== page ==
Socio-cultural Factors and Practices Affecting the Girl Child among the Annang People of Akwa Ibom State

Magdalene Agbor Igbolo, Frances Umari Ejue


Household discriminatory practices on the girl-child have drawn attention worldwide due to deep-rooted socio-cultural beliefs, values and practices. Despite extensive empirical evidence in literature there is a dearth of studies in Nigeria in particular. This study examined the socio-cultural factors and practices affecting the girl-child among the Annang, an ethnic group in Akwa-Ibom State-Nigeria. The study adopted the Weber’s social action theory as theoretical framework to provide theoretical orientation to the issue investigated. A multi-methodological approach was adopted in generating data. A household survey was conducted among 100 respondents which comprised of pairs of fathers/male-children and mothers/female-children. A four-staged sampling technique was used to purposively select 3 Enumeration Areas (EAs). Structured questionnaires elicited information on cultural construction of girlhood, familial roles and household practices from both adults and boy and girl-children. Four Focus Group Discussions (FGDs) and IDIs which centred on gender socialization, gender relations, household practices, and socio-cultural factors were conducted among adults males and females as well as male and female-children. Indepth interviews were also conducted with religious leaders, traditional rulers, as well as male and female community leaders. Quantitative data were analyzed using descriptive statistics. The qualitative data employed content analysis as well as thematic narratives of participants and key informants views and responses. Adult respondents’ mean age was 40.3±10.0 years, 98.1% were married, and 81.7% were farmers. The mean age for boys and girl-children was 13.5±3.2 years. Majority of the respondents were rural dwellers (82.0%). Majority of respondents (97.1%) opined that the status of the girl-child was very low relative to the boy-child. About 99% affirmed that girl-children were disadvantaged with regard to opportunities and privileges. The girl-child faced household discriminatory practices in domestic work assignment (79.0%), education (78.4%) and restrictive food taboos (32.2%). Significant others approved such practices. About 67% of girl-children perceived the practices as acceptable to the Annang people. The qualitative data identified socio-cultural factors such as conception of gender roles, gender socialization, son preference, cultural construction of girlhood, and valuation of the girl-child, decision-making, gender stereotyping among others engendered these practices. Cultural construction of girlhood was largely defined by the respondents’ societal notions on femininity. Household discriminatory practices among the Annang people, was largely due to socio-cultural factors and practices. Therefore, serious attention should be given to community mobilization and sensitization to address the socio-cultural factors and harmful practices which limit the empowerment of the girl-child.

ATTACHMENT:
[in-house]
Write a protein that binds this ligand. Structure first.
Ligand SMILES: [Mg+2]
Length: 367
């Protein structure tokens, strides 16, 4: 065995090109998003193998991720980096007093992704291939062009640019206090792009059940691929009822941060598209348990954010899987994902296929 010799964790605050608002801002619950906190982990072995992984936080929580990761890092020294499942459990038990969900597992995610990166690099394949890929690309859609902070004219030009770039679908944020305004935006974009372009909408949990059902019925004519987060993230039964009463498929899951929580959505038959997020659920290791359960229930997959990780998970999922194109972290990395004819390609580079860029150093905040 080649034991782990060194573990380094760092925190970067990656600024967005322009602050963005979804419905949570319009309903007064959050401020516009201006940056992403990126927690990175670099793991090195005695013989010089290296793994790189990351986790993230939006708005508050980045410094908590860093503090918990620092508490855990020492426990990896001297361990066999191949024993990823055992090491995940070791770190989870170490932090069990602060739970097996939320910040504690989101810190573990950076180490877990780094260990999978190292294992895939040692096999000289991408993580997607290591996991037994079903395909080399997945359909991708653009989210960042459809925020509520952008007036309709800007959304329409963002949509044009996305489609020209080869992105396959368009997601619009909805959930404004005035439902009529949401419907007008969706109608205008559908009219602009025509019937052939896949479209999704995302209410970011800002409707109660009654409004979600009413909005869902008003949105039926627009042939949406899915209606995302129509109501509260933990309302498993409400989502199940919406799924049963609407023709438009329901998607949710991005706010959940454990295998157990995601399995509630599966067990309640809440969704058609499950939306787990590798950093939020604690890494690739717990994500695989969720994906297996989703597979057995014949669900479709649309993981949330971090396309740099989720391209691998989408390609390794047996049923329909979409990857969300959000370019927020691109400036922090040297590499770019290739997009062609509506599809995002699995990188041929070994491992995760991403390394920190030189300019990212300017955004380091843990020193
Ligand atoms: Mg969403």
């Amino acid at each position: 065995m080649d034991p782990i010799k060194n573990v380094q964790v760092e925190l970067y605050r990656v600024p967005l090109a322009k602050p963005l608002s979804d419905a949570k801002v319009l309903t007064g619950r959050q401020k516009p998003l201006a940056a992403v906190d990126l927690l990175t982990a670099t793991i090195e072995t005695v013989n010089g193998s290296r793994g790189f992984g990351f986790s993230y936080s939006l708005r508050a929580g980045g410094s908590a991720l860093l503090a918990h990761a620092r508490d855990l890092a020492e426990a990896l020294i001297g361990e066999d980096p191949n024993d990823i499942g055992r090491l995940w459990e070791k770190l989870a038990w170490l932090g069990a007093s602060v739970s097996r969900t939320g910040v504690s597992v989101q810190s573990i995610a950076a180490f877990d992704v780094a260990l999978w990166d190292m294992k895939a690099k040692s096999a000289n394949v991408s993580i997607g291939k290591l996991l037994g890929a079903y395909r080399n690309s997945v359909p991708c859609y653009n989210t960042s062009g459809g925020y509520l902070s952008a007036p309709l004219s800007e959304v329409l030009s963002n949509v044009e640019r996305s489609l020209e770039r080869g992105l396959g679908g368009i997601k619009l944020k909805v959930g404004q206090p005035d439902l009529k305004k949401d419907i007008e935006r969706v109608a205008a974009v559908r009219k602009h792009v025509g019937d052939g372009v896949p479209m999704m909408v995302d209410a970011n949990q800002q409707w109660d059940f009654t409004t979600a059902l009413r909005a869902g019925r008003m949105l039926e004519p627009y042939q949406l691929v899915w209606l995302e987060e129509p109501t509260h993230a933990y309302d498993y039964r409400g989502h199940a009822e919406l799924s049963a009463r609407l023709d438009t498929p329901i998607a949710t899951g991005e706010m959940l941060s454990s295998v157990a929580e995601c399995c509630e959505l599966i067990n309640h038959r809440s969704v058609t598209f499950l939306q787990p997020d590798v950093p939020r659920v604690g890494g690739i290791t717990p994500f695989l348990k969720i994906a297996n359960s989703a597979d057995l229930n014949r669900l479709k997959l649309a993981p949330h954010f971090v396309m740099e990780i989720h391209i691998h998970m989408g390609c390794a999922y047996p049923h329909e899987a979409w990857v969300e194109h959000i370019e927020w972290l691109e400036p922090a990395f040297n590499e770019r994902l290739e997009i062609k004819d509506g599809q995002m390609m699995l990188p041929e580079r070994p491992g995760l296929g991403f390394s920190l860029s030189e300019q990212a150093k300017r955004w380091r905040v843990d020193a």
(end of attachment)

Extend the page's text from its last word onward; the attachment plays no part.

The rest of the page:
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Studies in Media and Communication      ISSN 2325-8071 (Print)   ISSN 2325-808X (Online)

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